Wow! Ten whole push-ups! His mysterious cuteness was instantly dissipated in a poof! of wimphood. I snickered out loud. I am twisted. But I'm far stronger than he is, that namby-pamby posturer. A cut-off t-shirt does not an athlete make.

This post's theme word: caducity. "Frailty, infirmity."

Family day

Today is a new statutory holiday in Ontario: family day. Happy family day! I have no classes today, but also no classes this week (it's "reading week", and most undergraduates have skipped town to do whatever it is they do when off-campus). It's a strange occasion for a holiday.

This post's theme parallel US holiday: President's day.

Saturday, February 16, 2008

Keyboard bruise

I discovered a mysterious bruise this week on the side of my left middle finger. It puzzled me. I didn't remember slamming my hand into anything, and none of my other fingers were bruised.

I figured out later that this bruise was self-inflicted by typing control-W, which I do with my left pinky and middle finger. The command closes windows. Apparently I close a lot of windows in my daily use of my computer. Bizarre.

This post's theme pop-health observation: women bruise more easily than men. Just look at my fall earlier this week. Even my womanly subcutaneous fat didn't cushion me adequately.

Robert Shea's "Shike"

I just finished reading Robert Shea's "Shike". A Boing Boing post brought it to my attention, and I started reading it because Amazon had recommended other Robert Shea books for me. Whatever model they have running their recommendations (complicated machine learning? simple statistical correlation with others who report the same tastes as me?) works, because "Shike" is exactly the kind of fiction I like. It was long, detailed, had an epic plot, spanned many generations, and (bonus for 日本の事がすき人!) was mostly set in Japan.

I found that the last hundred or so pages dragged a little -- as the characters aged, the story had lost it's "Ender's Game"-like youthfulness and became a little too powerful. I mean, how likely is it that a single woman could be so clever and powerful as to obtain the ears (and beds) of the power-wielding men wherever she goes? With her first husband it seems reasonable that he weasel his way into power. But then, in a period of exile, she beds the ruler of the Mongols, and then on her return to Japan, she beds the main opponent of her still-living husband in a civil war? I am willing to allow other, egregious errors in the name of fiction, but this was too impossible to accept.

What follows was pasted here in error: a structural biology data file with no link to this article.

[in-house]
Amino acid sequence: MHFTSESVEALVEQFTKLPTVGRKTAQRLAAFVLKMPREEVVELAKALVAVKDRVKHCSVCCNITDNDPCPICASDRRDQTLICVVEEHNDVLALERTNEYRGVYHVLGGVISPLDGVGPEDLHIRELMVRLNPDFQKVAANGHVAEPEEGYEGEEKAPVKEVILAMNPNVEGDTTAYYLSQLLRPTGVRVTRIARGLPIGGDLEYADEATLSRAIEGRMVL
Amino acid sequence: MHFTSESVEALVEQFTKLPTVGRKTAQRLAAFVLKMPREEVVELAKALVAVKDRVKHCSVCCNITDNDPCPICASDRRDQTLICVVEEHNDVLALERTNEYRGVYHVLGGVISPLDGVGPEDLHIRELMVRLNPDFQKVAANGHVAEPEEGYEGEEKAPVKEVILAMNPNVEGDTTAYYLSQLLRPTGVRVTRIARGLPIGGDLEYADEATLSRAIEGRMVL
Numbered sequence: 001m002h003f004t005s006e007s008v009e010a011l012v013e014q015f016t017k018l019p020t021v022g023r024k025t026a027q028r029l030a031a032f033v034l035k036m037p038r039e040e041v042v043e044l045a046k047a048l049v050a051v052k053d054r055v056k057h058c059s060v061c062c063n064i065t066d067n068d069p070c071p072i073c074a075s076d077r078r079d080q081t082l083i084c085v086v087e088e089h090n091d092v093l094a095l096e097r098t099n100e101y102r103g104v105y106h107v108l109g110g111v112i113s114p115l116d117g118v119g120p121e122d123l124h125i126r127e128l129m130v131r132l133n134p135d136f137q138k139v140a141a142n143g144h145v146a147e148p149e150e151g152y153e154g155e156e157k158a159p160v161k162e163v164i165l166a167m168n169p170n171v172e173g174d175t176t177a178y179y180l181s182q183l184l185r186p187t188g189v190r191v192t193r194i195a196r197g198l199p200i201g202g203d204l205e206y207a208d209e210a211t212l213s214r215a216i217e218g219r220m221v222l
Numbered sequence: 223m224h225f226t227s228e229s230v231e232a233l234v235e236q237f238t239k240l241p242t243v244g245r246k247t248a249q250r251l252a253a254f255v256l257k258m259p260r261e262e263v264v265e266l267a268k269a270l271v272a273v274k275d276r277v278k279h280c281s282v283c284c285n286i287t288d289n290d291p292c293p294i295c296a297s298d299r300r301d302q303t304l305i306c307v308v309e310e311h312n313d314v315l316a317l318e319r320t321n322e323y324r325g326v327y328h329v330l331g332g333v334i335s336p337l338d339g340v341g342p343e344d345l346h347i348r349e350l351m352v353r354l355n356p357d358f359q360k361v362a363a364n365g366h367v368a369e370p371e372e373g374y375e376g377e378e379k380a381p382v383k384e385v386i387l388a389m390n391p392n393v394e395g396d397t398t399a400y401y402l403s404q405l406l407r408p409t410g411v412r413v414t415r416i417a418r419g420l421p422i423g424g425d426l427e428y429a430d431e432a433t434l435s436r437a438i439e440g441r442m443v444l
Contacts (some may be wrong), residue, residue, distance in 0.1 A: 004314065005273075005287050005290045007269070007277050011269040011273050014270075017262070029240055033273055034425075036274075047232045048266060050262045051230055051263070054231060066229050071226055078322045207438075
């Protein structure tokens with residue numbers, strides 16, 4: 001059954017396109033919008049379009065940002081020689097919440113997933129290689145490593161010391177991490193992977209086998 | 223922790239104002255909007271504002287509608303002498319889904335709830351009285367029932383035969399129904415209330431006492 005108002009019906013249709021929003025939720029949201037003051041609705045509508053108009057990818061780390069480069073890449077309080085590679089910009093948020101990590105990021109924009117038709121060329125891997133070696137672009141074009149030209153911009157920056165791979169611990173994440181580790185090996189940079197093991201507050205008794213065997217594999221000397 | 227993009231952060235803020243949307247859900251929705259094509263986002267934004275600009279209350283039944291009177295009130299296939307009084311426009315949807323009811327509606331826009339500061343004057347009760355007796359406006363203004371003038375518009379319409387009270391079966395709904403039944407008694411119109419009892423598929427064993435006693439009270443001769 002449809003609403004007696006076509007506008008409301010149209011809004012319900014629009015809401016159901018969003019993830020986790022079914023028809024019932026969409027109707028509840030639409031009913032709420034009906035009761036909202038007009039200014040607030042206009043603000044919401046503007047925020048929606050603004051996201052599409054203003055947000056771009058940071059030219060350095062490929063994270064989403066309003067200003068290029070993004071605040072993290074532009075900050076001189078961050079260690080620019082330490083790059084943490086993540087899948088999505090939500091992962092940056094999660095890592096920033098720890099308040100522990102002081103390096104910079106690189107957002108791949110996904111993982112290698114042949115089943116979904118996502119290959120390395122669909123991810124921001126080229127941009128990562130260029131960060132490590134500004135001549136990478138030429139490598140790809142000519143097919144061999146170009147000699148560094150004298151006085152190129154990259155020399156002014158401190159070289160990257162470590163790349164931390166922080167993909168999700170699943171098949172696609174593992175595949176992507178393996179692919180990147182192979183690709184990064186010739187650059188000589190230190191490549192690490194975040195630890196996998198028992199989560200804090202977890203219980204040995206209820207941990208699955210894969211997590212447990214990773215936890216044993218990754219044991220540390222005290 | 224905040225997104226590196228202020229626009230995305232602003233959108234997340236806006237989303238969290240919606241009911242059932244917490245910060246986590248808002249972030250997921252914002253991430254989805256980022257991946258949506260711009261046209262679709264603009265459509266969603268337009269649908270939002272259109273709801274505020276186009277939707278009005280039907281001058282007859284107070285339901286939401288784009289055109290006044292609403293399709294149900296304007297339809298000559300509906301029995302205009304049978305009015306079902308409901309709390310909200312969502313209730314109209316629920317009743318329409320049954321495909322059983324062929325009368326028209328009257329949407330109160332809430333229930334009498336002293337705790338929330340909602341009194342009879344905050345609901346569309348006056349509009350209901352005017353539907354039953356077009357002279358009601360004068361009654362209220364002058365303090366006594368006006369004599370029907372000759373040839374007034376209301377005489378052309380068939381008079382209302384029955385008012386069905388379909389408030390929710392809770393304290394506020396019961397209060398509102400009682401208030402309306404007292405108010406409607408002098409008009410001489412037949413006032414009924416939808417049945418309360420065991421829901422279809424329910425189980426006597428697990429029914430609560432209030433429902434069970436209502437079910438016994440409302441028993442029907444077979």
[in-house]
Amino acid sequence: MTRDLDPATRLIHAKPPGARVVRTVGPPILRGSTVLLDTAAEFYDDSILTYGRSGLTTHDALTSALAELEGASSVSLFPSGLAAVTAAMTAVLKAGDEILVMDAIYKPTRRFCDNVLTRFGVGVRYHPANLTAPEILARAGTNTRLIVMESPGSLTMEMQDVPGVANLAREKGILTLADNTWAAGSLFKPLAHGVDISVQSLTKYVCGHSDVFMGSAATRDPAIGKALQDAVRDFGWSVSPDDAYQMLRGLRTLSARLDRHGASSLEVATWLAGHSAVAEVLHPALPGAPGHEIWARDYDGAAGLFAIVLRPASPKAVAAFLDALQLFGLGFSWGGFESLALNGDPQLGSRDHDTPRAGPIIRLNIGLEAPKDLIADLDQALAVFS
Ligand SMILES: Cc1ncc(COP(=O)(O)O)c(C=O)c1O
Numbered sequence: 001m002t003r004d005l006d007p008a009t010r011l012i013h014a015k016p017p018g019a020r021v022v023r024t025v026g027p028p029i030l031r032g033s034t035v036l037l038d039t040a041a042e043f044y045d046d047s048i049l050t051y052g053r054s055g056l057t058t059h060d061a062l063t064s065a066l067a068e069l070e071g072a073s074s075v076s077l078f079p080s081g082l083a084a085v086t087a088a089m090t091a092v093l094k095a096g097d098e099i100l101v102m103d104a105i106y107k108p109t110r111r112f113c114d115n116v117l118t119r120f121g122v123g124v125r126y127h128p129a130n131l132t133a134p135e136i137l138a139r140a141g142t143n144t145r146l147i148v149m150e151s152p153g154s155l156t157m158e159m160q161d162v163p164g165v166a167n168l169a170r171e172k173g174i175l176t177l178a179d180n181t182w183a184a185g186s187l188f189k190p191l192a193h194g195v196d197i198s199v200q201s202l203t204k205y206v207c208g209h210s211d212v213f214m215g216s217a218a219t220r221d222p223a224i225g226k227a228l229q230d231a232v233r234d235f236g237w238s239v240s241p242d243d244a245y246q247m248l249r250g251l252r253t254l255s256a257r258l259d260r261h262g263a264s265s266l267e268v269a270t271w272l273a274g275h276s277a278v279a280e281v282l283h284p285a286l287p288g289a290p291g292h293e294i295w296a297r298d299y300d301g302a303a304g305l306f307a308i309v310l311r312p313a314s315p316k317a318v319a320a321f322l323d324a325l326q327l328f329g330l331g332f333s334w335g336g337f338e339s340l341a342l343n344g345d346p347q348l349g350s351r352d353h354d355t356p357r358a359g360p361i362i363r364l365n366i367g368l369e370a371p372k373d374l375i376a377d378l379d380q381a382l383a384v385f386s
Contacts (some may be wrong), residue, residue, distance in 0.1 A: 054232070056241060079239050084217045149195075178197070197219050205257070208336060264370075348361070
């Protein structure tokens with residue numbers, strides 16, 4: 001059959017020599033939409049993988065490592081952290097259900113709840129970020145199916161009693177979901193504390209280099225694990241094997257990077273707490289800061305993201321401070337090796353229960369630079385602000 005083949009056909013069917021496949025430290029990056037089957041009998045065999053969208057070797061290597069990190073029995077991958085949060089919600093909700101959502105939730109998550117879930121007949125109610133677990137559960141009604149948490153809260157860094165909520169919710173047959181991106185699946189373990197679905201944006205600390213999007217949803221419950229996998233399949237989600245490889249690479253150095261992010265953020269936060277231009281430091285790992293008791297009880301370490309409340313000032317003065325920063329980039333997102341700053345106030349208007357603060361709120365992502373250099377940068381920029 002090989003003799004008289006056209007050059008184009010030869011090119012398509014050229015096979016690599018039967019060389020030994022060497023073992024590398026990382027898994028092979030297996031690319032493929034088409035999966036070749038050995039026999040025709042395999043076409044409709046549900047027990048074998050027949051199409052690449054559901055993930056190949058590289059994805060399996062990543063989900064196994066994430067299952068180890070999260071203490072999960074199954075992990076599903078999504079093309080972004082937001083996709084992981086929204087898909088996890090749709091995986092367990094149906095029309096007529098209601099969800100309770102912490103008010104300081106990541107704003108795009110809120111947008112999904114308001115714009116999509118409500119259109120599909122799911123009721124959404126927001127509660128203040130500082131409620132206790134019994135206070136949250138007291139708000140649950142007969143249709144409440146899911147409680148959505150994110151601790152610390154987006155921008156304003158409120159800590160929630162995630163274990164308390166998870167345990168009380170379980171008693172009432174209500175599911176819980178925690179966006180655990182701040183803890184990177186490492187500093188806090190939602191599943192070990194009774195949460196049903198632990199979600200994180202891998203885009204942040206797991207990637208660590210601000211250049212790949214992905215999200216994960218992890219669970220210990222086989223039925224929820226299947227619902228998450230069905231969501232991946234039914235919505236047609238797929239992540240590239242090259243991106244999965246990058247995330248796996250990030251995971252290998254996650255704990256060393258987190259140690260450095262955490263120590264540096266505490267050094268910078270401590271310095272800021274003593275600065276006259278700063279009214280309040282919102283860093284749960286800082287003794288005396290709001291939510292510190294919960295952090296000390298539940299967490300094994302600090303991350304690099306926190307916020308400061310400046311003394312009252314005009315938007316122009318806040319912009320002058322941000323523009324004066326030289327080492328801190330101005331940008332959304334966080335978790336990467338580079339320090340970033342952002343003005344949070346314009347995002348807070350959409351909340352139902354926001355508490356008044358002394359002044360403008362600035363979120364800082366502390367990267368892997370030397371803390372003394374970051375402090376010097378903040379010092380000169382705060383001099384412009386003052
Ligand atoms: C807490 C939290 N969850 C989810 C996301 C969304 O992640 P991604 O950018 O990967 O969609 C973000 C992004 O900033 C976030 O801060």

Despite this tapering-off of quality towards its end, I recommend this book.

This post's theme quote is taken from the end of a seminar I attended, which degenerated into one student shouting at another: "No! Look, if you have f(x) and you divide by forty-nine, then do you see?!?!" Everyone else in the room was suppressing giggles at this. What a fantastic argument.

Thursday, February 14, 2008

The new color of love

... is green! Happy Valentine's day!

Tuesday, February 12, 2008

Happy birthday, Lincoln, Gromit!

My calendar informs me that today is both Lincoln's birthday and Gromit's birthday. Two very influential figures in my life.

This post's theme garment: the wrong trousers.

Icy sidewalk |--> bruise

Yesterday, after spending all weekend finishing a project (and paying little attention to the weather), I gleefully set out from home to turn in said project. No more than five paces beyond my front door, I slipped on the black ice-covered sidewalk and sprawled (cartoon-style) on the ground. It was so dramatic a fall that passing cars stopped and drivers got out to check if I was ok. I was ok, merely bruising my dignity and tailbone.

I confess this to you, o internet, in the hopes that maximizing the audience to my ridiculous fall will max out my embarrassment. Maybe embarrassment is modular, and I'll go back to being unembarrassed.

In other icy news, on my way home from the gym, the wet hair uncovered by my hat froze solid. Solid curls of hair are interesting. It was like some sort of all-powerful gel, which deteriorated quickly once I made it back indoors.

This post's theme outdoor garment: crampons.

Wednesday, February 6, 2008

Pain sucks

Pain sucks a lot. Not psychological pain, I'm talking about physical pain. Psychological pain is bad, too, but it has a certain literary deliciousness.

This post's theme medication: naproxen sodium.